Parents who contact our helpline sometimes tell us they think a particular member of school staff is treating their child unfairly. A recent article by Bob Cunningham (Executive Director, Learning Development for the American website Understood) looks at this issue and suggests some practical ways to deal with it.
Raising your concerns with the school
In the article Bob suggests very few members of school staff set out to intentionally treat a child unfairly. However, if parents think this is happening, it is important to deal with the issue as soon as possible. Raising a concern directly with a teacher is the most likely way to promote a change in behaviour.
Below is an amended version of the advice Bob gives to a parent of a child with ADHD and Dyslexia who believes a teacher is treating their child unfairly. We think it is great advice for parents of children with any type of additional support needs who have these concerns:
Try to give the member of staff the benefit of the doubt going into the conversation. Assume he or she doesn’t know all they need to about your child. The member of staff may not be aware of what your child is feeling or the impact their words or behaviour is having on your child.
Keep the focus on your child.
Try not to get into what the member of staff said or did. Focus on your child and their additional support needs. Share how you think this may impact on the member of staff.
Share simple examples from home of how frustrated your child can get. Describe what they will do to get out of a frustrating situation. Explain how your child feels when they aren’t able to do things they believe they can and want to do. This will help the member of staff see your child differently. It may also help them understand how hard your child is trying.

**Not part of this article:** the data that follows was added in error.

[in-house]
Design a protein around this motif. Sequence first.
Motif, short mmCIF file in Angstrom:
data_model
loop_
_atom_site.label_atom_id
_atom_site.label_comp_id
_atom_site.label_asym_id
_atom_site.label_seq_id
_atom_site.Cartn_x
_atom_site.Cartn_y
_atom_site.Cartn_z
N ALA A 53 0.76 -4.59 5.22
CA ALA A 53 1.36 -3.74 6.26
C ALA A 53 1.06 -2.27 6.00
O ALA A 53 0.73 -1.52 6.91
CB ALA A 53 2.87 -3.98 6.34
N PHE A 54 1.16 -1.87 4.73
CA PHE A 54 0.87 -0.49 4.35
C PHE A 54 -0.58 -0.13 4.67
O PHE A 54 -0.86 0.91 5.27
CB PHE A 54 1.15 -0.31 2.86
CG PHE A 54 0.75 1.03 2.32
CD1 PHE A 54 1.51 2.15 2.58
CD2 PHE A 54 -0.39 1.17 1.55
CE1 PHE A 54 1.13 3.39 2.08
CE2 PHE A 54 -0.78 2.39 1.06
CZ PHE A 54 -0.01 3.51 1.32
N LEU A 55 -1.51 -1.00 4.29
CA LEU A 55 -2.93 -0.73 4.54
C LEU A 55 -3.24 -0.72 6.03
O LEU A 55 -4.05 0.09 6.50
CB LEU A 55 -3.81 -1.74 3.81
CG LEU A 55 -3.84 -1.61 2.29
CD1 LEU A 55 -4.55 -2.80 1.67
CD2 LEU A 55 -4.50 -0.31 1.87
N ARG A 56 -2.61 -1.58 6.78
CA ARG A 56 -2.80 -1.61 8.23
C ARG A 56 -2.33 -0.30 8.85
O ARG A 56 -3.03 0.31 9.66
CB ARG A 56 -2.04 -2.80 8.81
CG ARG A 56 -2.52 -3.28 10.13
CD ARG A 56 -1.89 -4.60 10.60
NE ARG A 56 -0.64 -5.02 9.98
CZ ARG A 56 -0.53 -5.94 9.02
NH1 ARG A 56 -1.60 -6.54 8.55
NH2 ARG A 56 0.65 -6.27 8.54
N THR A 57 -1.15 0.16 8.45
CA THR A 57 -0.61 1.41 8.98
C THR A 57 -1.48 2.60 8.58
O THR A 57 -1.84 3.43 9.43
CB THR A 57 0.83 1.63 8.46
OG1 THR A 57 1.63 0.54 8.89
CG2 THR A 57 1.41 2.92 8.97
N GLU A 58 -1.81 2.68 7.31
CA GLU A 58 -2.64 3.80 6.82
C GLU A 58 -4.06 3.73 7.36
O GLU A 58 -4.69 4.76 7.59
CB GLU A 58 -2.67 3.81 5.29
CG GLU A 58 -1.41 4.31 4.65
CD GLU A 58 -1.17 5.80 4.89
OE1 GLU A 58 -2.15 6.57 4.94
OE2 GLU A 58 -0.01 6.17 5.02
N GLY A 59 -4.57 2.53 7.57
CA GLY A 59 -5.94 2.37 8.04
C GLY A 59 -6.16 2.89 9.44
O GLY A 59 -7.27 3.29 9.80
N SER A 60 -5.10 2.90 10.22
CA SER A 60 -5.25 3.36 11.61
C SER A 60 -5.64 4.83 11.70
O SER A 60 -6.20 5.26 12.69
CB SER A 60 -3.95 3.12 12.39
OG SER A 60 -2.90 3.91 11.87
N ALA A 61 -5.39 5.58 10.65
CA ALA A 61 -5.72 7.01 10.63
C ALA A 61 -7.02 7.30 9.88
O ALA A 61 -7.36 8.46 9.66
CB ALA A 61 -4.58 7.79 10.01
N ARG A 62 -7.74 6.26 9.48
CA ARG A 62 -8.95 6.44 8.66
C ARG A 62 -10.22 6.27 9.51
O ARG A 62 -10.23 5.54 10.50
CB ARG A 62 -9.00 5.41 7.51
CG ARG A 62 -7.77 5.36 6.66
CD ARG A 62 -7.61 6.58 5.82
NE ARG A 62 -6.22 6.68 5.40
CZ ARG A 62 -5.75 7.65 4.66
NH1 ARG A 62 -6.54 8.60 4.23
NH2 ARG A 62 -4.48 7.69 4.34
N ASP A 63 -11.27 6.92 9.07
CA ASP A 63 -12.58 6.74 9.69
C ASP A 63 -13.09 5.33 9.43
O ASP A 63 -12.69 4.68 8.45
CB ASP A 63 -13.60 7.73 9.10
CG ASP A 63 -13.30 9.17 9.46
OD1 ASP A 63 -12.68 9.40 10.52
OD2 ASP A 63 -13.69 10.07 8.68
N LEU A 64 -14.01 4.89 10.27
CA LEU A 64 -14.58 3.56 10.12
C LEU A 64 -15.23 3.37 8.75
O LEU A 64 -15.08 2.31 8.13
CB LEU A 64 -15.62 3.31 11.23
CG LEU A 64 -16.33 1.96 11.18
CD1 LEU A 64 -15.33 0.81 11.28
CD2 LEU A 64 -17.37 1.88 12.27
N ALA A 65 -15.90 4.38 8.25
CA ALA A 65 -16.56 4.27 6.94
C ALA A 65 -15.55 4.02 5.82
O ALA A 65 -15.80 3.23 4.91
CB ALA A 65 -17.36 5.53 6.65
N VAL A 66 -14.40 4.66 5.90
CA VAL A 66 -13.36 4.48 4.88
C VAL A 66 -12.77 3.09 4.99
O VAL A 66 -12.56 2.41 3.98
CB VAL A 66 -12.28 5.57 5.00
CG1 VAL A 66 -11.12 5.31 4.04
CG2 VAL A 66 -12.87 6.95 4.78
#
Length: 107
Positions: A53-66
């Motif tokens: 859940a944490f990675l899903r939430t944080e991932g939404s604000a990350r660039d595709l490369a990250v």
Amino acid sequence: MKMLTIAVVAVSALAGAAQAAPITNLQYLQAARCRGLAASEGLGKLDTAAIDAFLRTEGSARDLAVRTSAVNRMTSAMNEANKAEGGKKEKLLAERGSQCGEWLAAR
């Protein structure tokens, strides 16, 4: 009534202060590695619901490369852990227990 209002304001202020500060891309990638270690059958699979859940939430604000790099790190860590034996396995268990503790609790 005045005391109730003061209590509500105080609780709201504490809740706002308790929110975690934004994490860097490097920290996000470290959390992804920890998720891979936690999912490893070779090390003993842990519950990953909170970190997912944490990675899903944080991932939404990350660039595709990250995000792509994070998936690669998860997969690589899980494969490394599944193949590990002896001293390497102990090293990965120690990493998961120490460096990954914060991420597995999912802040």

Share ideas and insights.
You can also suggest ways the member of staff can improve communication with your child. Start by asking what types of situations they think can be difficult for your child as well as for them. If these are situations you deal with at home or in other contexts, share that information. Also share what works for you or what has worked for others.
It can be difficult not to get upset when you are talking about your child and how they are feeling. However, you will communicate better if you are calm. If your child tells you about a situation they have found upsetting, take a few moments to think calmly about what your child has said and the best way to to deal with it.
We have more tips about how to have positive conversations with your school here.
If you have discussed your concerns with the member of staff and you don’t feel it goes well or you don’t feel there is a change in behaviour, you could:
- Raise it at your child’s next planning meeting.
- Talk with a senior member of staff.
If you continue to be concerned about the situation, you can put your concerns in writing to the school or make a formal complaint. Find out about more ways to resolve disagreements here.
You can read the full article on the Understood website here.